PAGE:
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Why is the shifter support plate C-shaped?


Healey3000

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Hi,

 

From the photographs I've found through searching the forum, it looks like there is nothing in the trans tunnel that might interfere with the support plate.  Why then is it C-shaped, as if to clear something?

 

It's a curious design indeed, very non-German, like something that was cobbled together at the last minute.  All that nice die-cast aluminum and then, this?

 

Thanks for any insights.

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Are you talking about the horseshoe shape bracket the bolts to the tunnel that holds the trans mount that is sometimes used in the 5 speed install? If so, it is used so the installer does not have to cut off and move the bracket mounts that it attaches to. It is aftermarket and BMW does not use that bracket.

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Are you talking about the horseshoe shape bracket the bolts to the tunnel that holds the trans mount that is sometimes used in the 5 speed install? If so, it is used so the installer does not have to cut off and move the bracket mounts that it attaches to. It is aftermarket and BMW does not use that bracket.

That's the only "C"-shaped plate I can think of either. If that's not what you're referring to, Healey3000, why not post a photo?

Regards,

Steve

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If you mean the actual shifter plate itself (that attaches with the support blocks to the rear of the tranny and holds the shift lever), that is an interesting question. The early ones were sort of C-shaped, but the later 320i variants were a tapered design (wider at the front) and tapering to the rear where the shifter tower sits). It is kind of a weird design, but it allows the plate to be fully floating and supported by the lower arm rather than attached to a bracket at the back that bolts to the tranny tunnel.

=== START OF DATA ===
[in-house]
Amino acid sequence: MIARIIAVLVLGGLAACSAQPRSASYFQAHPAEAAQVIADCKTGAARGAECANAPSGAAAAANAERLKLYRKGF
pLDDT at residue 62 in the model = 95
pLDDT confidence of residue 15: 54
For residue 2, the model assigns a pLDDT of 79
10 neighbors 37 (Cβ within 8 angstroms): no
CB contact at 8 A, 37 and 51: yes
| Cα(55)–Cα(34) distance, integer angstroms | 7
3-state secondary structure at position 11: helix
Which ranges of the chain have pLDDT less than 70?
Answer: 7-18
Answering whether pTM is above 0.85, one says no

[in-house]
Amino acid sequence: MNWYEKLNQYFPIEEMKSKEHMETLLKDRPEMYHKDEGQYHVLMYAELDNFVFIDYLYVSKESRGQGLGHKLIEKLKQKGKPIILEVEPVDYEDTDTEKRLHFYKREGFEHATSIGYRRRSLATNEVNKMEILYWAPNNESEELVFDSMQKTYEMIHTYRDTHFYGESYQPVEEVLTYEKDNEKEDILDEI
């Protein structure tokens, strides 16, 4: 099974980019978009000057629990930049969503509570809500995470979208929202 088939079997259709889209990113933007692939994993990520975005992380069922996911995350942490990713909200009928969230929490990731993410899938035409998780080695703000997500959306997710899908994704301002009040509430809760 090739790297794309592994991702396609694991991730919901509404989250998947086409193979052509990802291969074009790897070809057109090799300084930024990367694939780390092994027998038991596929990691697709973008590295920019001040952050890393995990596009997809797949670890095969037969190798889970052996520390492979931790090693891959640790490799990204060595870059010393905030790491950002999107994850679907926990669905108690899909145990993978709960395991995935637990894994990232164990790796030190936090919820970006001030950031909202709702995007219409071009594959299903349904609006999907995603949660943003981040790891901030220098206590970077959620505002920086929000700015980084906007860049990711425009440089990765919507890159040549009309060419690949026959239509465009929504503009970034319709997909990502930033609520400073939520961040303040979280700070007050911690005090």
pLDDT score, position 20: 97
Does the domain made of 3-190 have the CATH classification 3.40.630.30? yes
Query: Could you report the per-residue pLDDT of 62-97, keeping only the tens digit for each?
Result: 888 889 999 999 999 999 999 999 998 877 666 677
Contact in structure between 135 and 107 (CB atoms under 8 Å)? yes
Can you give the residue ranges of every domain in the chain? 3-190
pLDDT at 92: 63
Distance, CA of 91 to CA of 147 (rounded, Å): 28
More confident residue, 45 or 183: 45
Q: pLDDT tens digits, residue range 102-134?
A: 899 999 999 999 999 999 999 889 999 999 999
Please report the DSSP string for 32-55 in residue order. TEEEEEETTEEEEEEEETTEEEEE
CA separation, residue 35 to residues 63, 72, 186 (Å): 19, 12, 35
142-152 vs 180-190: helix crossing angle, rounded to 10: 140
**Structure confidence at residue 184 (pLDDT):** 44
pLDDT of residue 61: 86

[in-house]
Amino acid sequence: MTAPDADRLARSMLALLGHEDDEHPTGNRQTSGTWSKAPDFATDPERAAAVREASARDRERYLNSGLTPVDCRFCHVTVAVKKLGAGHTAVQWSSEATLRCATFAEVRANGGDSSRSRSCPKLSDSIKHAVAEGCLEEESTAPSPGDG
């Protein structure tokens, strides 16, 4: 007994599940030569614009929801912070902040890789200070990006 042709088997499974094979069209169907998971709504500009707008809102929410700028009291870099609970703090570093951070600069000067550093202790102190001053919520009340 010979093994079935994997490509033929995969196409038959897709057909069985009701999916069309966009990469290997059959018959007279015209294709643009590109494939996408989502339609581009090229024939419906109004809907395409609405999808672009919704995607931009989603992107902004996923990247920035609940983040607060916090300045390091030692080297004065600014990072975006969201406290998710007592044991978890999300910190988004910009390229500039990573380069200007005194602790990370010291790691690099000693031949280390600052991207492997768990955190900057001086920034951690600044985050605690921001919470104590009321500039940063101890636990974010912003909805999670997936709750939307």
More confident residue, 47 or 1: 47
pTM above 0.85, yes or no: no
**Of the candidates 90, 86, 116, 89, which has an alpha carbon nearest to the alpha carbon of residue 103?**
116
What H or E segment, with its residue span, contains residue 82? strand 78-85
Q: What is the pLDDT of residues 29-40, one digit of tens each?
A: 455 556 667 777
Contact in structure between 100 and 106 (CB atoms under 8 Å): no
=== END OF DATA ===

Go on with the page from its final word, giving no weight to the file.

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Hi,

 

I'm referring to the plate that the gearshift sits in (supports the pivot ball of the shift lever).  Perhaps C-shaped was a bit of an exaggeration, but it has a large bite taken out of one side.  It's component 8 in this drawing I found in another post.

 

post-48304-0-30312700-1425483529_thumb.j

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The shift "tower" is curved to clear the flex disk (guibo) along with the shift rod and coupling.  The boxed section adds strength. Ingenious design IMO.

I understand that aspect but why didn't they just make it symmetrical, having two box sections going full length, with a window cut out to clear the guibo?  Would have made it more stable (but there's always a reason and I'm curious).

Oh, THAT "C"-shaped piece!

Are you having an issue with the component or are you simply wishing it were more...robust! I've never come across a problem related to its "C" shape, but perhaps others have.

Regards,

Steve

I'm going to embark on a 5-speed conversion and I just wanted to understand what my options were for modifying the support plate distance.

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Oh, and technically, that drawing shows the early style support with the late, "single shear" linkage.

If that was ever used, it was used for a short time in 1973...

 

If you use a support of that style, then an early shift linkage and lever's a LOT better for feel and for wear.

 

imho, of course

 

t

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Oh, and technically, that drawing shows the early style support with the late, "single shear" linkage.

If that was ever used, it was used for a short time in 1973...

 

If you use a support of that style, then an early shift linkage and lever's a LOT better for feel and for wear.

 

imho, of course

 

t

Can you educate me on late vs. old?  Is the difference that one has a straight clevis pin connecting the shifter to the selector and the other has an offset link like the one in the diagram above?  Which is better?

 

Thanks.

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